So, I have ben through several emotions with my family being far away in the last two weeks.  Our own immediate situation has been rather challenging.

Lake Victoria’s waters have been a bit stormy and the beach at the lodge was covered in lake debris.  Deon was away for a few days: listening to the stormy waters while lying in bed alone will not rank among my favourite memories.  I feel rather like some of the debris: surrounded by stony experiences, exposed to challenging elements  and encircled by shells of humanity who are worn away by life’s squalls. 

We are not yet certain how things will work out in our Mwanza situation.  We found a house that needed considerable work to fix it up: the workers were not done by the time we needed them to be, and we could not move in before I left for SA (I continue to live out of suitcases, going on 3 months now, as there is no place to unpack).The workmanship is very shoddy and trying to encourage a culture of quality seems dreadfully foreign.  Paint splatters were left all over the floor; woodwork was simply varnished against the wall, leaving varnish stains on the newly-painted walls… I could go on but even the thought of poor work depresses me.  We have struggled to get the necessary finances from the right channels to do this work, so buying furniture has not been possible. 

Deon is incredibly despondent and is struggling with how to continue.  I am not sure as to what place I will go to when I get back from SA. 

I also realised with a shock yesterday just how perilous the spiritual environment of Mwanza is.  It is a hotbed of animistic beliefs, with sacrifices of humans, much belief in the work witchdoctors and ancestor worship taking place. Islam is followed by at least 40% of the population.  There are large numbers of Hindus working in the city. Among the many Mzungus in town, many seek wholeness through self actualisation or following new age beliefs.  The sense of darkness became almost tangible.  I know that God has us there for a time and that He seeks to use us.  But we feel like small pieces of sticks in the large lake space on a stormy night.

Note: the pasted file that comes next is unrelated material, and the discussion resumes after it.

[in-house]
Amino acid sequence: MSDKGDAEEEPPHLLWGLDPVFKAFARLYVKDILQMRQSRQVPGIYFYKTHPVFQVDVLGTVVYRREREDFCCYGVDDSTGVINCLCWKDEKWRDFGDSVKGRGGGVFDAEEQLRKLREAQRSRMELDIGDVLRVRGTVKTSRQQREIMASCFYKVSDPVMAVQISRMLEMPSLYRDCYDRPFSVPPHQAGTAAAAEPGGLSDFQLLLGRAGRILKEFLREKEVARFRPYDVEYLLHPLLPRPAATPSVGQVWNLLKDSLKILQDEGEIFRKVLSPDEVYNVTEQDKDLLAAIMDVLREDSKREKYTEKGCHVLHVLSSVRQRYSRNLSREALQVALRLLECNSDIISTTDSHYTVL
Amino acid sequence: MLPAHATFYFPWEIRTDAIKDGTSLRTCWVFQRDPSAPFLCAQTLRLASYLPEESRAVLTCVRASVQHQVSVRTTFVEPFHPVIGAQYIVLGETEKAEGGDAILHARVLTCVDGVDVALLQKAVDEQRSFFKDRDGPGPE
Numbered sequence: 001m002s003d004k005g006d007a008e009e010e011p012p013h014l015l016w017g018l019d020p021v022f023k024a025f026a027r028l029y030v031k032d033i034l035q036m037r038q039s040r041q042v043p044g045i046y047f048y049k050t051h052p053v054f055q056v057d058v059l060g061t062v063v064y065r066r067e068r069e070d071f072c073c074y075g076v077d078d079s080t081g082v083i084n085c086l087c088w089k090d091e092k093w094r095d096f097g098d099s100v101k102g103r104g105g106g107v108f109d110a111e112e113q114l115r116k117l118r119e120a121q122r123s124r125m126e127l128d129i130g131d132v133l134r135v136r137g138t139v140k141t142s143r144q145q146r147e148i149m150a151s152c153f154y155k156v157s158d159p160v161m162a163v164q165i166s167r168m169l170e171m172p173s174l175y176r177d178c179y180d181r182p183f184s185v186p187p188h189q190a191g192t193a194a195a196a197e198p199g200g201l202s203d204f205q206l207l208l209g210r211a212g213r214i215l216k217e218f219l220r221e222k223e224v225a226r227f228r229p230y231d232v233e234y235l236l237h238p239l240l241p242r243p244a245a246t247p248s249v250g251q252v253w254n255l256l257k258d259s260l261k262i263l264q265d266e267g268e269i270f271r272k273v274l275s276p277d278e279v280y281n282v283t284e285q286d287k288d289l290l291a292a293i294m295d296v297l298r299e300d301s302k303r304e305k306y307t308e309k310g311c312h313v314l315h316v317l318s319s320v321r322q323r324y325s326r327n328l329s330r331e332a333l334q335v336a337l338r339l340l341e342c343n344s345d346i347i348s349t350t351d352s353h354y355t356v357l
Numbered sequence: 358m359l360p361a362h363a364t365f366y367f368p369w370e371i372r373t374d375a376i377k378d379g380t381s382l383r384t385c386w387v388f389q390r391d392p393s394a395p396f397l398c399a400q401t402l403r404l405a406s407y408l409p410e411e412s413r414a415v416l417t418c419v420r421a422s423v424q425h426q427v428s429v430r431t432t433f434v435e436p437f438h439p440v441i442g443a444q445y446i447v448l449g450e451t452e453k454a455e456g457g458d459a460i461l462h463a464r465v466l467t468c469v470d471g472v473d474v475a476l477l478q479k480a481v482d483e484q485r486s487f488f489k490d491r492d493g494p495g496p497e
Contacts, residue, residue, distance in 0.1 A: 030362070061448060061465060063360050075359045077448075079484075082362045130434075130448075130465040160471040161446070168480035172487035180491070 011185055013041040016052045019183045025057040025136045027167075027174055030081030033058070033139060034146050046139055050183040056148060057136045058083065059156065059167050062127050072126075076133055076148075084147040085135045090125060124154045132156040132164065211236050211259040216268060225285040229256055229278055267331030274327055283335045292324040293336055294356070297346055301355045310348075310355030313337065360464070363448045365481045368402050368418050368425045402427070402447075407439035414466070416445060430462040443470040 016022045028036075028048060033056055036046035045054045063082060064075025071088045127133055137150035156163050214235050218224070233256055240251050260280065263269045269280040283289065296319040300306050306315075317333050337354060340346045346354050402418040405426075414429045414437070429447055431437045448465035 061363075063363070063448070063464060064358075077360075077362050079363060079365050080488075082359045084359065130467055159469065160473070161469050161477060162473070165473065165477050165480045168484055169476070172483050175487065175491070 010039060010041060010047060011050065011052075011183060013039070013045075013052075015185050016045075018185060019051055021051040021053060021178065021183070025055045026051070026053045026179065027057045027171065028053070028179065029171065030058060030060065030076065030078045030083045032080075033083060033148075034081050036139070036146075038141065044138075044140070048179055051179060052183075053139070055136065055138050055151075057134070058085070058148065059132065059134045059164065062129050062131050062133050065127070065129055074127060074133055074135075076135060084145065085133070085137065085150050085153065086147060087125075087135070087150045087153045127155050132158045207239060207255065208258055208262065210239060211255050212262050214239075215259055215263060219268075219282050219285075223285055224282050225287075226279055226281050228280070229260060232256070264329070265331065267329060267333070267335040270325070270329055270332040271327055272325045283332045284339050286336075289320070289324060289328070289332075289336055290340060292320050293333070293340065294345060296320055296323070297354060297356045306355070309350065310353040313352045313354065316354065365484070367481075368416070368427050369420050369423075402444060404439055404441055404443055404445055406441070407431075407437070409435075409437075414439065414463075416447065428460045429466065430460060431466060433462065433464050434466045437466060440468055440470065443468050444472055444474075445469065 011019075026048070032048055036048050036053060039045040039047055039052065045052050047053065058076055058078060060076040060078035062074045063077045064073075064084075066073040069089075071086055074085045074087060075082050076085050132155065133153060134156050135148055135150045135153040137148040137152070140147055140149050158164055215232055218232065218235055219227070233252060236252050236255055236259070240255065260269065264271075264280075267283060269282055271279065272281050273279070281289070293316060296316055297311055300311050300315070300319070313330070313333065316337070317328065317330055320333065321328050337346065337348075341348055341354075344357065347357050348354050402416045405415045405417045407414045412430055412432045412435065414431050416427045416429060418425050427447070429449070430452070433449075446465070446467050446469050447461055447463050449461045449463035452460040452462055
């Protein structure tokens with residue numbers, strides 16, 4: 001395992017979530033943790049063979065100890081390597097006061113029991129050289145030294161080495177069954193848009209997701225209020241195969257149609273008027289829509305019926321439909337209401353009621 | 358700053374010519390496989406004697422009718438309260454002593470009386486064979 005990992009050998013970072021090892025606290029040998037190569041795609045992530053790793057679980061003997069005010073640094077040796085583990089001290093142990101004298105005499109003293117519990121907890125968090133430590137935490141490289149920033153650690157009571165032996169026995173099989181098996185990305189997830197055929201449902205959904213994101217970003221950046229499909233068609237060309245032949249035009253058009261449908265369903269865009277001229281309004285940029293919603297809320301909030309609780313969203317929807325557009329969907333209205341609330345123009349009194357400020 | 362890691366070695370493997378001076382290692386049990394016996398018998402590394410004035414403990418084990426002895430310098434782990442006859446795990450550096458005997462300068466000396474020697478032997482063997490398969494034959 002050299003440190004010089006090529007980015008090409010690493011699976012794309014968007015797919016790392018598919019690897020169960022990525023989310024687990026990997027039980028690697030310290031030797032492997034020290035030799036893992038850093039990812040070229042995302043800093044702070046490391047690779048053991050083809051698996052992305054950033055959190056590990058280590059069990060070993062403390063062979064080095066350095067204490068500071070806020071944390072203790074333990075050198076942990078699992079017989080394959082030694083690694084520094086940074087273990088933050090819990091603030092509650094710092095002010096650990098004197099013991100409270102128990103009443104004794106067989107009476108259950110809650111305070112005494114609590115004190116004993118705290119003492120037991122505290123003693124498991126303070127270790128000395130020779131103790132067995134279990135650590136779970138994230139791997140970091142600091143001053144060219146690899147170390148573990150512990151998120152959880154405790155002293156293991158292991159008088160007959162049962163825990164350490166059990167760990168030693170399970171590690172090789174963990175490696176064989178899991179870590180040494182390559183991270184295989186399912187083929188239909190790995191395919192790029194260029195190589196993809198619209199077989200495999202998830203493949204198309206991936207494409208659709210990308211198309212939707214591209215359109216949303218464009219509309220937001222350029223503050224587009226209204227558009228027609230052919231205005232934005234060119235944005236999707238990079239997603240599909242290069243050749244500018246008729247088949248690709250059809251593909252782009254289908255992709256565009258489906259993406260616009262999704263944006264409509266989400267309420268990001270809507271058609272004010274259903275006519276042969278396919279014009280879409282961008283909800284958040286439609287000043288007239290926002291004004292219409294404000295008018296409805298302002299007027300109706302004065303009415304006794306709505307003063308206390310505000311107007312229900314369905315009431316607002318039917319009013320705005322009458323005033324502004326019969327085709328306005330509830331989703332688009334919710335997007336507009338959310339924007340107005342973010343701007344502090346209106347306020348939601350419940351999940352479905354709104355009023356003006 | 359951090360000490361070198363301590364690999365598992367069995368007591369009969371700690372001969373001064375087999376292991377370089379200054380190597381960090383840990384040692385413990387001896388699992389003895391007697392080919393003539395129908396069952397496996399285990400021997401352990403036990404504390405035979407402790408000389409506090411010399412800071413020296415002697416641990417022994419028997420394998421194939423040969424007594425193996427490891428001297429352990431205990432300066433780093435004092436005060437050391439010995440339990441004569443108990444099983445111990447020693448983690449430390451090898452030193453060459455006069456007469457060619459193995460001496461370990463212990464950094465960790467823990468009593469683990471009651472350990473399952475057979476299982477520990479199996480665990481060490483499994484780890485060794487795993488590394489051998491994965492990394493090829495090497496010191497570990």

Except for:

 

This precious creature has crept into our hearts in a short space of time.  She has been passed around from leaving expats before, and her usual “mum” was away from the lodge for some time.  We are not even sure of her name, but heard one of the Massaai askaris calling her ‘Nana’, so  that is her present title.

We ensured that Nana received food,we kept her protected from other willful dogs and in return she has adored us!  My heart swelled when another guest at the lodge described how Nana waited at the gate for me and reacted when she heard me arrive.  Ah!  It is amazing how a living thing builds affection so easily!

Deon hates to admit it but he has taken to protecting Nana, and even brought her into the room to sleep, because the dogs outside were hassling her!  Now she follows me everywhere, lies at our feet and stares lovingly up at us… my heart is lost! There is a strong possibility of us taking her as ours when I return to Mwanza. Such little treasures give us real joy.

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One response

15 06 2012
kristieinbc

It sounds like things are very challenging for you right now. Isn’t it funny how an animal can brighten our hearts at the darkest of times though? I remember coming home last summer after my dad had died and our little dachshund jumped into my arms the minute I walked in the door. I cried and cried, but felt loved at the same time.